Thursday, January 17, 2008

Review at by Thomas Duff

By Thomas Duff "Duffbert"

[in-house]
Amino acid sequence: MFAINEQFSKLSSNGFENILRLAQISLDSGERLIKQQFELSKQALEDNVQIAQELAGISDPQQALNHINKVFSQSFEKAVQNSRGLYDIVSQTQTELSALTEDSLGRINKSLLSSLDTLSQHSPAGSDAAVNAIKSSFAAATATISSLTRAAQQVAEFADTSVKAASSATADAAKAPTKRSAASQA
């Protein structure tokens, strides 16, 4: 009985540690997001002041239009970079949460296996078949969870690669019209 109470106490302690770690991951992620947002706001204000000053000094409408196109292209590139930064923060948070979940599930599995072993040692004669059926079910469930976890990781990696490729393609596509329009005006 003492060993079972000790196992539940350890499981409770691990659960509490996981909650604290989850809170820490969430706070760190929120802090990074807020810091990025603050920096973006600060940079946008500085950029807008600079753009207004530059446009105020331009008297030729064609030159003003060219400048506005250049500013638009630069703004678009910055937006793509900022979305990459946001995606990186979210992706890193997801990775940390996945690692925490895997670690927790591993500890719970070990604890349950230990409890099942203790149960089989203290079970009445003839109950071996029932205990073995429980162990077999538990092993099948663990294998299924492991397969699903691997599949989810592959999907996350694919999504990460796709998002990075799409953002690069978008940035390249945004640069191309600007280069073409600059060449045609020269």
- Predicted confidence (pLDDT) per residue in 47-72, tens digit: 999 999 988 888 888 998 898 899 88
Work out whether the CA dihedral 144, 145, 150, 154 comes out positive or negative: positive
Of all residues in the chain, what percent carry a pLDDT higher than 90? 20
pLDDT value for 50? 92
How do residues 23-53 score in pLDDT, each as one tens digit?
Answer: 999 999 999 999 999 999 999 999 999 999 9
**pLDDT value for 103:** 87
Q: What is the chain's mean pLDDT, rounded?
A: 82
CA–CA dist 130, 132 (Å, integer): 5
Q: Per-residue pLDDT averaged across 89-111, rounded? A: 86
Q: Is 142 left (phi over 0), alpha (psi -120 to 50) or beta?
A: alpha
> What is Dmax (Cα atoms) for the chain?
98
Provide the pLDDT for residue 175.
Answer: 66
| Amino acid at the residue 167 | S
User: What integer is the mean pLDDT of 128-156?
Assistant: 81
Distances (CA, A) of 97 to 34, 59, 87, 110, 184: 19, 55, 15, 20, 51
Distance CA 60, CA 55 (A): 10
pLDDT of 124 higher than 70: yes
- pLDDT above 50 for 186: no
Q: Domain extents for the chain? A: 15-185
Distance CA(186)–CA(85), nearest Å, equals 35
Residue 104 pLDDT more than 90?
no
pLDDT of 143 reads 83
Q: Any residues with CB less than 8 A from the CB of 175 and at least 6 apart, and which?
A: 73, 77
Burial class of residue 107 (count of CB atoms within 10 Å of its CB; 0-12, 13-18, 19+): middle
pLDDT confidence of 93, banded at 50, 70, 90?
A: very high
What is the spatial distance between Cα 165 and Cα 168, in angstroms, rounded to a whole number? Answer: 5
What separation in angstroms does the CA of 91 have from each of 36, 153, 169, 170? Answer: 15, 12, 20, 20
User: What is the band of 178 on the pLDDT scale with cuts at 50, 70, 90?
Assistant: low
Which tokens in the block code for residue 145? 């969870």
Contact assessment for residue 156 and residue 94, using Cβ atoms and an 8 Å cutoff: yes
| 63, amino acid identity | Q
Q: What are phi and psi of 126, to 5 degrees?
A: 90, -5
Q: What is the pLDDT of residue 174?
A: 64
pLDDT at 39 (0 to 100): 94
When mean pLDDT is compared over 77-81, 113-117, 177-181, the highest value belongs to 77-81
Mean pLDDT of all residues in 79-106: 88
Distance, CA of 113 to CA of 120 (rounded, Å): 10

The Soul of the Corporation: How to manage the identity of your company by Hamid Bouchikhi and John R. Kimberly is one of those books that seems like it will be dealing with a lot of ethereal concepts and not much in the way of hard facts. Surprisingly, the book was far more reality-based than I expected, and business leaders would do well to consider their business in terms of its identity. Contents: Leadership Challenges in the Age of Identity; The I*Dimension; The Bright Side of the I*Dimension; The Dark Side of the I*Dimension; Casualties of the I*Dimension; To Blend or Not to Blend - Identity Integration in Mergers and Acquisitions; When Should the Cord Be Cut? Managing Identity in Spin-Offs; Identity in Strategic Alliances and Joint Ventures; Managing the I*Dimension at Organizational and Brand Levels; Masters of the I*Dimension; Diagnosing Your Firm's Identity; Leading in the Age of Identity; Epilogue; Index For better or worse, your business has an identity in the eyes of the employees and the public. It's quite possible that those two identities are complete mismatches when it comes to reality. Bouchikhi and Kimberly examine how an organization's identity comes into play in the global marketplace, as well as how that can be a strength or weakness. For instance, Phillip Morris had an identity tied to tobacco sales and products. Not a good thing with today's view of smoking. The Board felt that a name change to Altria could help remove that association in the mind of the public. But in reality, they still continued to market heavily in tobacco. As a result, their identity change failed. On the flip side, the change of BSN to Danone marked the shift from manufacturing to food production. This identity shift was highly successful, as it marked the end of an old mindset (and product focus) to what the company had become. Obviously, there's a lot more to identity than just the name of a company, but the authors do a very good job in exploring all the facets of corporate identity. They use a wide number of examples, so very little of the book came across as "theory" rather than fact-based practice. In addition, the examples are global in nature, so the concepts span cultures and geography (which is good given the global and cross-culture nature of so many businesses these days). It's tempting to look at a book like this (or any other book that focuses on a narrow element of business) and declare this the missing link in the success or failure of an organization. The authors acknowledge that other factors can be in play, but argue that the identity factor is more important than many think. In hindsight, it's easy to pick out the winners and losers in the identity battle, while it is far harder to tell how those decisions will play out over time when they are made. Still, taking the time to consider identity issues can't help but increase the chances that your organizational moves will be successful. You may still make some bone-headed mistakes, but at least you'll be able to recognize them... :) Definitely a worthwhile read for anyone in the executive suite of a company...